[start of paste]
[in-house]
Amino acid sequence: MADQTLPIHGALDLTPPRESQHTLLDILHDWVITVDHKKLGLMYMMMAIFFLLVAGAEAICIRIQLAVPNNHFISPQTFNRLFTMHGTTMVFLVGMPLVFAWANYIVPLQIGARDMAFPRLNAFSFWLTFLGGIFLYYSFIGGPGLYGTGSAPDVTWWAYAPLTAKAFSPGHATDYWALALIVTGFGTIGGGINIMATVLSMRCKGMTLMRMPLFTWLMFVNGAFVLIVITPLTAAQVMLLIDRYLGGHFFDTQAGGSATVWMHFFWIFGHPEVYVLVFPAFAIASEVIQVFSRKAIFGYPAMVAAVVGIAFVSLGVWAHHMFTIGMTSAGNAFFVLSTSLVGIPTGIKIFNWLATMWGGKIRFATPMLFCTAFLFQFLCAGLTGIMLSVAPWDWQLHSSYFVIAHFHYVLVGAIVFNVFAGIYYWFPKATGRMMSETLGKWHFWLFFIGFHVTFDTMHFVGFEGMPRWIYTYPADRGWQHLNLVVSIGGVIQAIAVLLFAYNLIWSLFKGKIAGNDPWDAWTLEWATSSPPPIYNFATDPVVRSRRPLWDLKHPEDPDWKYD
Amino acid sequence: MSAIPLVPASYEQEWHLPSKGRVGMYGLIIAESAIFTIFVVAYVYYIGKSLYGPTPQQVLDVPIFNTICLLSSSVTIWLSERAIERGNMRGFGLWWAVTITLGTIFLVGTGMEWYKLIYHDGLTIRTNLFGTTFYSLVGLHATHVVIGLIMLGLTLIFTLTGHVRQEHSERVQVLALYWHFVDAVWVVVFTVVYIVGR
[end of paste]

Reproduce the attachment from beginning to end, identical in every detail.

[in-house]
Amino acid sequence: MADQTLPIHGALDLTPPRESQHTLLDILHDWVITVDHKKLGLMYMMMAIFFLLVAGAEAICIRIQLAVPNNHFISPQTFNRLFTMHGTTMVFLVGMPLVFAWANYIVPLQIGARDMAFPRLNAFSFWLTFLGGIFLYYSFIGGPGLYGTGSAPDVTWWAYAPLTAKAFSPGHATDYWALALIVTGFGTIGGGINIMATVLSMRCKGMTLMRMPLFTWLMFVNGAFVLIVITPLTAAQVMLLIDRYLGGHFFDTQAGGSATVWMHFFWIFGHPEVYVLVFPAFAIASEVIQVFSRKAIFGYPAMVAAVVGIAFVSLGVWAHHMFTIGMTSAGNAFFVLSTSLVGIPTGIKIFNWLATMWGGKIRFATPMLFCTAFLFQFLCAGLTGIMLSVAPWDWQLHSSYFVIAHFHYVLVGAIVFNVFAGIYYWFPKATGRMMSETLGKWHFWLFFIGFHVTFDTMHFVGFEGMPRWIYTYPADRGWQHLNLVVSIGGVIQAIAVLLFAYNLIWSLFKGKIAGNDPWDAWTLEWATSSPPPIYNFATDPVVRSRRPLWDLKHPEDPDWKYD
Amino acid sequence: MSAIPLVPASYEQEWHLPSKGRVGMYGLIIAESAIFTIFVVAYVYYIGKSLYGPTPQQVLDVPIFNTICLLSSSVTIWLSERAIERGNMRGFGLWWAVTITLGTIFLVGTGMEWYKLIYHDGLTIRTNLFGTTFYSLVGLHATHVVIGLIMLGLTLIFTLTGHVRQEHSERVQVLALYWHFVDAVWVVVFTVVYIVGR